Some of the areas taken off the table by the Secretary in plan B-2 are areas that had already been leased to commercial entities and that have proven oil potential.  Authority to operate these leases will have to be rescinded by the government, bringing into question the entire leasing process.

Recently problems with ConocoPhillips “CD-5” drill site just inside NPR-A on Native lands were cleared up but showed the inconsistencies and double standards of the federal agencies involved in permitting operations.  Despite issuing environmental operations permits itself for the project, the EPA disapproved and prevented US Corps permits on construction of a bridge to the site. Yes, the EPA issued permits for the project and then disapproved the Corps permits for the same project. The project was delayed for three years while ConocoPhillips continued to pay on the federal lease every year without the ability to produce from it. The permit that was finally issued included 22 special conditions meant to minimize the impact to the environment within the Arctic Coast Plain. Now, seven members of the village of Nuiqsut (a village created – along with Atqasuk — in the 1970s for the express purpose of soaking the oil companies) are suing to prevent the bridge across the Colville River from being built and the Center for Biodiversity has announced its planning to sue under the Endangered Species Act.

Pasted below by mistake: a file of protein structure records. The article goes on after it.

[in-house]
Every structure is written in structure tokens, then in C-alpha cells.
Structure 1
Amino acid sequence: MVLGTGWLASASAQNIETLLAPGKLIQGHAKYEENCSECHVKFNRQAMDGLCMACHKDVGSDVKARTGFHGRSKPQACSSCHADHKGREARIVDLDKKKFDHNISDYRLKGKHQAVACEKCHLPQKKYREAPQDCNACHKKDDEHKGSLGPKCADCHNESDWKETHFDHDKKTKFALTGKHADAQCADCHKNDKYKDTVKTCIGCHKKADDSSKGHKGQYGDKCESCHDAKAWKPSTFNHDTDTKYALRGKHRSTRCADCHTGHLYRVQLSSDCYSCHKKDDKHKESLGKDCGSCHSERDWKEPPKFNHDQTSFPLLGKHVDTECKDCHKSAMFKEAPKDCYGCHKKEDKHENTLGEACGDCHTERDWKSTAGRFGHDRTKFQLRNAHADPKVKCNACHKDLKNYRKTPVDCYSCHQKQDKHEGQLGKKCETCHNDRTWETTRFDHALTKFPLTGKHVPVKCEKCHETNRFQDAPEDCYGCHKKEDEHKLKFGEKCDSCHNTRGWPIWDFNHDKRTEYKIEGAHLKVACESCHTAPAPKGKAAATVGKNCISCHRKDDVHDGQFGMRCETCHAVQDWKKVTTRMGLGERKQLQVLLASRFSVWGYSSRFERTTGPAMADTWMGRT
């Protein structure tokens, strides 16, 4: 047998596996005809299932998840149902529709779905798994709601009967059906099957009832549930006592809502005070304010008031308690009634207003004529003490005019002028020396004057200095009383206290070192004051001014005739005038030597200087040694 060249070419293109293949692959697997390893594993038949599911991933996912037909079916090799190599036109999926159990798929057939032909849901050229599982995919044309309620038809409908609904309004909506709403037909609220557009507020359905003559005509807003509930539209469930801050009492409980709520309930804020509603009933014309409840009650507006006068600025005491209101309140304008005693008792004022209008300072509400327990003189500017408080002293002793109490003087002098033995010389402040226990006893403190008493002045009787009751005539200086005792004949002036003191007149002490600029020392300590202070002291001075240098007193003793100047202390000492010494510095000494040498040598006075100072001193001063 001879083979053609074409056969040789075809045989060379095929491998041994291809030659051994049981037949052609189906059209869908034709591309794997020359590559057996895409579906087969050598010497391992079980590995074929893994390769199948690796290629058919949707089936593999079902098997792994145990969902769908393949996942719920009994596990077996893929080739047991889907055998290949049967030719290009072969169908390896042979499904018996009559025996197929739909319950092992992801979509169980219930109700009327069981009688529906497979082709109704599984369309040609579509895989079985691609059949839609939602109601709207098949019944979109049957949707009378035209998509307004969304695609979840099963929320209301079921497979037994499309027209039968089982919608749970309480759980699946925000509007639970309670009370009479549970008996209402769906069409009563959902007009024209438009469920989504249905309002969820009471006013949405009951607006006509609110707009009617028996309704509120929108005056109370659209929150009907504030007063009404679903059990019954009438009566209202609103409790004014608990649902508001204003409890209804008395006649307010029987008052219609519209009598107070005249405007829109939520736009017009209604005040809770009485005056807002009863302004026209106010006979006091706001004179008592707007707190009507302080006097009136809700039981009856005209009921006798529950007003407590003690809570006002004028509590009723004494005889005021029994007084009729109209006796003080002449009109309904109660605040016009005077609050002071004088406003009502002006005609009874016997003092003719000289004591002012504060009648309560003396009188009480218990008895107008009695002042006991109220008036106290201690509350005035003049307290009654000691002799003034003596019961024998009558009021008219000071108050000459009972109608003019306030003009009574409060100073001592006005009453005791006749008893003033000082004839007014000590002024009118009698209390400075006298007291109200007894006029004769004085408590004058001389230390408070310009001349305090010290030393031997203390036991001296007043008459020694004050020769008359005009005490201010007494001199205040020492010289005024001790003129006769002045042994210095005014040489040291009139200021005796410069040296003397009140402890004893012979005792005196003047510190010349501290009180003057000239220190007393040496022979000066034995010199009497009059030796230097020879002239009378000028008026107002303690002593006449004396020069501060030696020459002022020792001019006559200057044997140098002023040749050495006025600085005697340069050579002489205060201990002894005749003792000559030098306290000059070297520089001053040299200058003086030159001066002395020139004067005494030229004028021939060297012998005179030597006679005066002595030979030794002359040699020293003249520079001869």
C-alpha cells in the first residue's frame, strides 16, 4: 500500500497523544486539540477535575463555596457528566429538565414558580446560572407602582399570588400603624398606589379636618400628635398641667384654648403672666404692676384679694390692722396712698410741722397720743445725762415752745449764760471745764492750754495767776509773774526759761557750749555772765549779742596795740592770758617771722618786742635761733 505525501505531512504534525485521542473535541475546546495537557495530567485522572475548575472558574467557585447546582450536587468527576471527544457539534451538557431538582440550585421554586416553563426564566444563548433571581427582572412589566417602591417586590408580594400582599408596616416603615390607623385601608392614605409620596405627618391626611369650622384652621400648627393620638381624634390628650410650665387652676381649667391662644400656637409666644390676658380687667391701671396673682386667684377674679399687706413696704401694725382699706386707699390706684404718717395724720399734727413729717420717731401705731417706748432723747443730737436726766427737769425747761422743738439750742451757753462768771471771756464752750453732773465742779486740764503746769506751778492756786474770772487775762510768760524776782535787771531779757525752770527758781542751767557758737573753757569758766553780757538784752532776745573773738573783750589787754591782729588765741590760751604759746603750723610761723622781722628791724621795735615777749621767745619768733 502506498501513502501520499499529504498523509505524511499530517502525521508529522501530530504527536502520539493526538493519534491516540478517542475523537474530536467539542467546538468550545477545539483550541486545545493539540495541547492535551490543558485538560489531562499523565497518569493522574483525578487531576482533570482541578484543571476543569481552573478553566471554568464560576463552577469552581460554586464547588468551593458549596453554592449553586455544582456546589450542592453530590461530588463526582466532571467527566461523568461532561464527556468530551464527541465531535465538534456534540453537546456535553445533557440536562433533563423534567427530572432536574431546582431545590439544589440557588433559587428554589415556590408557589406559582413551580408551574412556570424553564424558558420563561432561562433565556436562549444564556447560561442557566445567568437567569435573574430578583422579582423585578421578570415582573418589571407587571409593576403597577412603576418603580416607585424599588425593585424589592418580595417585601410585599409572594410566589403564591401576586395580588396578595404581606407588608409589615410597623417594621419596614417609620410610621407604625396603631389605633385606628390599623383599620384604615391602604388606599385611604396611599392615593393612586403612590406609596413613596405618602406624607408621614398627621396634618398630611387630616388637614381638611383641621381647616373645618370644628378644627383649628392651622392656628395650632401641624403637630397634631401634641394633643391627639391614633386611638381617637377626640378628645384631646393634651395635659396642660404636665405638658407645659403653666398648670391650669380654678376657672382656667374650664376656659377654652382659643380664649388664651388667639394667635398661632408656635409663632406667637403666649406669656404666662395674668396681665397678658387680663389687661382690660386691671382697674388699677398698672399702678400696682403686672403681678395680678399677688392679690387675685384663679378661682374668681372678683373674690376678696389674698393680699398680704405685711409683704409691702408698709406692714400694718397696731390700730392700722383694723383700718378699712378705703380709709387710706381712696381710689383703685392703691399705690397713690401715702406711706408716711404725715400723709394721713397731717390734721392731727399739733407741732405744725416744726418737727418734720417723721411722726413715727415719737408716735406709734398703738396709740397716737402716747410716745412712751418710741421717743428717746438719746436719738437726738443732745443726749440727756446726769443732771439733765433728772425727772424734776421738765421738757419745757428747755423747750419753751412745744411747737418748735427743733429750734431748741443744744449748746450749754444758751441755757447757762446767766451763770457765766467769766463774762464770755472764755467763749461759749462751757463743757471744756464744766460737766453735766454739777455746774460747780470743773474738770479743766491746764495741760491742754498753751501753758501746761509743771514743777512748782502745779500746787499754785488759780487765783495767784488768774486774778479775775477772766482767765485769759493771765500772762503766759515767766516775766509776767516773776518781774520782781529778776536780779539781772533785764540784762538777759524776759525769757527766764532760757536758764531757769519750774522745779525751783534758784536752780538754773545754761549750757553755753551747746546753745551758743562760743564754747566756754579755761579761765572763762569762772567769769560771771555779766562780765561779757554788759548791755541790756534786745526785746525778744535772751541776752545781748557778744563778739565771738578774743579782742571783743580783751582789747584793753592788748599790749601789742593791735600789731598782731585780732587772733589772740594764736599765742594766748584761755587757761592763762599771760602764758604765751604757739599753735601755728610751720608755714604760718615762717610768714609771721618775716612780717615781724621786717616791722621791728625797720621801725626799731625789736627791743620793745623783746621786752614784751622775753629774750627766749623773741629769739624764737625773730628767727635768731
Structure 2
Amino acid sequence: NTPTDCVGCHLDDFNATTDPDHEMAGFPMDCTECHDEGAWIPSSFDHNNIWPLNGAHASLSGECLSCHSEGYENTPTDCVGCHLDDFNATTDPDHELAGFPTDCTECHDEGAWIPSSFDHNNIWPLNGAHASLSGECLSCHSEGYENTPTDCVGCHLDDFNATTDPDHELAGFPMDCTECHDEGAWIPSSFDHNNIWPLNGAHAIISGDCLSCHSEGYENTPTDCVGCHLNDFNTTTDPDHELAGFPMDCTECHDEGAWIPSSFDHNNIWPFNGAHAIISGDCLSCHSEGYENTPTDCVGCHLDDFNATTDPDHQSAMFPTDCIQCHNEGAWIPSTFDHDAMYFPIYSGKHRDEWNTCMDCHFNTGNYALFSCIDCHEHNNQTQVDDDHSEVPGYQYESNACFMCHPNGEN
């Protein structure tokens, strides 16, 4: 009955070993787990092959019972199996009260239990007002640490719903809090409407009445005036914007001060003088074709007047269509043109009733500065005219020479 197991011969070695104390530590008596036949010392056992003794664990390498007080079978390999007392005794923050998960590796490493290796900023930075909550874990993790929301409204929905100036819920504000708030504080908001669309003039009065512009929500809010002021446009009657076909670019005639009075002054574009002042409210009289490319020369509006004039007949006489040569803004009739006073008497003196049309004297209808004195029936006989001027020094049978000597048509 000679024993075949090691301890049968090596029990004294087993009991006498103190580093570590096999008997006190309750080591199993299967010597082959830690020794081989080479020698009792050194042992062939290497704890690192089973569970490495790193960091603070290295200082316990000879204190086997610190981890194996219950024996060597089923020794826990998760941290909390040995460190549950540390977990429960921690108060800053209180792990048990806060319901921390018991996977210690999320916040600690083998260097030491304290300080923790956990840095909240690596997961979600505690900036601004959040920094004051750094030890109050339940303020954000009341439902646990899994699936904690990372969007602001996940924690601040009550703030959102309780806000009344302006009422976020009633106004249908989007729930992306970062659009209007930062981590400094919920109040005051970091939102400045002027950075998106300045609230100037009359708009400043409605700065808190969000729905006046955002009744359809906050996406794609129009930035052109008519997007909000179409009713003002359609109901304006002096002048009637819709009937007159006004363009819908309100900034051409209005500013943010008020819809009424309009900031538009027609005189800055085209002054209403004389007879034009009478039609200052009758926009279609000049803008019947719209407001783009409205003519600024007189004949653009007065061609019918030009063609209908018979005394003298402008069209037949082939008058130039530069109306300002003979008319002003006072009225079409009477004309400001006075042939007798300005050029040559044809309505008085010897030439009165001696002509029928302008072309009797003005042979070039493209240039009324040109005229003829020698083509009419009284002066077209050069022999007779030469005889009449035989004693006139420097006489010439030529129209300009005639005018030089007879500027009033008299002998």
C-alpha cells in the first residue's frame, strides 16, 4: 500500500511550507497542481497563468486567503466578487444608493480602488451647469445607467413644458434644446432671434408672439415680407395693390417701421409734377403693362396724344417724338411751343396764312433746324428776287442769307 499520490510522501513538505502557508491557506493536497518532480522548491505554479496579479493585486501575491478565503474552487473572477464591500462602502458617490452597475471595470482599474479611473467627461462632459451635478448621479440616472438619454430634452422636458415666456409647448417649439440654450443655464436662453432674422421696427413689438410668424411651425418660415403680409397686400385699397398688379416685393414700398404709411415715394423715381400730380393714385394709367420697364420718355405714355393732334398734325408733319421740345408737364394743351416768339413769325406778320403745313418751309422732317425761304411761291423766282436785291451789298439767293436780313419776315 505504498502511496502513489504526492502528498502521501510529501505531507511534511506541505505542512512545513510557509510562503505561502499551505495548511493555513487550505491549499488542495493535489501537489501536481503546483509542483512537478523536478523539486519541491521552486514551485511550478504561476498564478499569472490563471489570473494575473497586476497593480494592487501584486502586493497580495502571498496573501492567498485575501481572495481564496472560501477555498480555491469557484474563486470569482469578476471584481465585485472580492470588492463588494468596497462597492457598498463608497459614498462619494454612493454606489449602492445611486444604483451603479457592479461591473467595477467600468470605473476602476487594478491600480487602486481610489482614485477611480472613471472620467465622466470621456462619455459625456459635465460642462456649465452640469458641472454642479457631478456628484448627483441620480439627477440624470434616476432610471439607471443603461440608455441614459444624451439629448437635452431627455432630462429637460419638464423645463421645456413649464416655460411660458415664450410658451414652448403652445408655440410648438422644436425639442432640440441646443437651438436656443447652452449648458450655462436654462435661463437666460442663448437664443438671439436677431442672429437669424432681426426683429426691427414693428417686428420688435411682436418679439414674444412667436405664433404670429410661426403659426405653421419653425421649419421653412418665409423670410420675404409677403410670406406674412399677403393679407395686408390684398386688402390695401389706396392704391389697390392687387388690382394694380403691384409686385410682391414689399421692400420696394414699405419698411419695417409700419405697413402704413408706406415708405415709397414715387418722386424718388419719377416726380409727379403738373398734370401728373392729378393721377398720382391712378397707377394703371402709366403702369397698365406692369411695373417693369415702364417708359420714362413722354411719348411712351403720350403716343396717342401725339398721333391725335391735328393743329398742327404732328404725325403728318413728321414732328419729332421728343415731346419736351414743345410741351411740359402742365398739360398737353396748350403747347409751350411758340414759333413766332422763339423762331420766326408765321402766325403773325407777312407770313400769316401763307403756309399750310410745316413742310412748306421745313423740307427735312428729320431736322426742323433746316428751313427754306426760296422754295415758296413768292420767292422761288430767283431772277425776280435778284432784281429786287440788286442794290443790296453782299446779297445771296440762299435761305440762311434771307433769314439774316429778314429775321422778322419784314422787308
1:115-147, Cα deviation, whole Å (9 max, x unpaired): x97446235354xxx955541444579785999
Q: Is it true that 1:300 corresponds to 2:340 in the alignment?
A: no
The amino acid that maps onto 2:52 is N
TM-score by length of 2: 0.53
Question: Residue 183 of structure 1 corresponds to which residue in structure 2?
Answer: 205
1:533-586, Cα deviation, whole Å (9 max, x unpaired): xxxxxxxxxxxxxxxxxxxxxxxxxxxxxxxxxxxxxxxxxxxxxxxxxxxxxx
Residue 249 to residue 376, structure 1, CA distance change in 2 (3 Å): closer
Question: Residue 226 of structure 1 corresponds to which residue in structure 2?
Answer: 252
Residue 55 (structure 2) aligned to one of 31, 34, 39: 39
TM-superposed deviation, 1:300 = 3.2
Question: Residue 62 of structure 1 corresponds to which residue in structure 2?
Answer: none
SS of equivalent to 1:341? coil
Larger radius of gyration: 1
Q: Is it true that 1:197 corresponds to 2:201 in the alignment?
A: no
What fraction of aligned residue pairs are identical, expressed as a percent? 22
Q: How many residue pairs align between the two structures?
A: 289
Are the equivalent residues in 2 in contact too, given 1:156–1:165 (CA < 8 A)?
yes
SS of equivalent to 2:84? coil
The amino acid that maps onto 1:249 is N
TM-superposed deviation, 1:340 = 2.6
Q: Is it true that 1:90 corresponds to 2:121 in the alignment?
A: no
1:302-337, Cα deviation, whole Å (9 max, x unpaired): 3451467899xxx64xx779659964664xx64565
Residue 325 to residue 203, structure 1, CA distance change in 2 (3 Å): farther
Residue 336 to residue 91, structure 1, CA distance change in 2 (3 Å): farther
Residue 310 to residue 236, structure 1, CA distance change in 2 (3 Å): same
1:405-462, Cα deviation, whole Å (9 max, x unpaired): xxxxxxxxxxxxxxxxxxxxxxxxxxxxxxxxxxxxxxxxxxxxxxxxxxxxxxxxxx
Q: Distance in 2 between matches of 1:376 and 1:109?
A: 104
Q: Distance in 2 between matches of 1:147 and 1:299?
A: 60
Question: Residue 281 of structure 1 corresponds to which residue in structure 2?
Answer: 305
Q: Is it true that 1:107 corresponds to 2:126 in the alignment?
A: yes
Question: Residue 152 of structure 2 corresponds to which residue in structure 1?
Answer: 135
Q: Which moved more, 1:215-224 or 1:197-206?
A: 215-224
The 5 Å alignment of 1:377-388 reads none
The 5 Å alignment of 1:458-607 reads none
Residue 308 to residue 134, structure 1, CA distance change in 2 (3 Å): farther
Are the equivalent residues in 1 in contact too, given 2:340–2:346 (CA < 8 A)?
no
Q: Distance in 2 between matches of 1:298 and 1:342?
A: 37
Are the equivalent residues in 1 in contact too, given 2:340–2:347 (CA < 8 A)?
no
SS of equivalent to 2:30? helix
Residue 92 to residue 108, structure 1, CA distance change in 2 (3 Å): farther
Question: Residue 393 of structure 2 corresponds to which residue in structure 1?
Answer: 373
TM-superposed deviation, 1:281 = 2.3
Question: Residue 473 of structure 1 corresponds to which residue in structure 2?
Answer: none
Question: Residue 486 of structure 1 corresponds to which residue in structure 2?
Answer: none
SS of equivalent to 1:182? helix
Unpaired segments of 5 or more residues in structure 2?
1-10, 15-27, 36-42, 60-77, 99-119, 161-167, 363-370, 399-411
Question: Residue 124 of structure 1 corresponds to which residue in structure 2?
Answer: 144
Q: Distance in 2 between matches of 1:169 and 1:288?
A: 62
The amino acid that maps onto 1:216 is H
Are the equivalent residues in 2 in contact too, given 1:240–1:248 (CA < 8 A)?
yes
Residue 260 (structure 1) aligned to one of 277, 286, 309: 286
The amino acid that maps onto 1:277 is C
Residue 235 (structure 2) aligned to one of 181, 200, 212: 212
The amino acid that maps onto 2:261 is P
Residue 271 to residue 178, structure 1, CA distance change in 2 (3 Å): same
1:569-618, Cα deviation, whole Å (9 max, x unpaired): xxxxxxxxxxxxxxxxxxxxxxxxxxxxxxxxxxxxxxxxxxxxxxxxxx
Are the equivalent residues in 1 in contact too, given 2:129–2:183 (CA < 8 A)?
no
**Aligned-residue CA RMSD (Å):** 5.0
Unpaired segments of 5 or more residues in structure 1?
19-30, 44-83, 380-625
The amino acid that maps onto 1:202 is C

And people wonder why Alaskans think we might be better off as an independent nation? Really??? You wonder? Isn’t that a little like wondering why a battered wife wants to leave the man that’s beating her?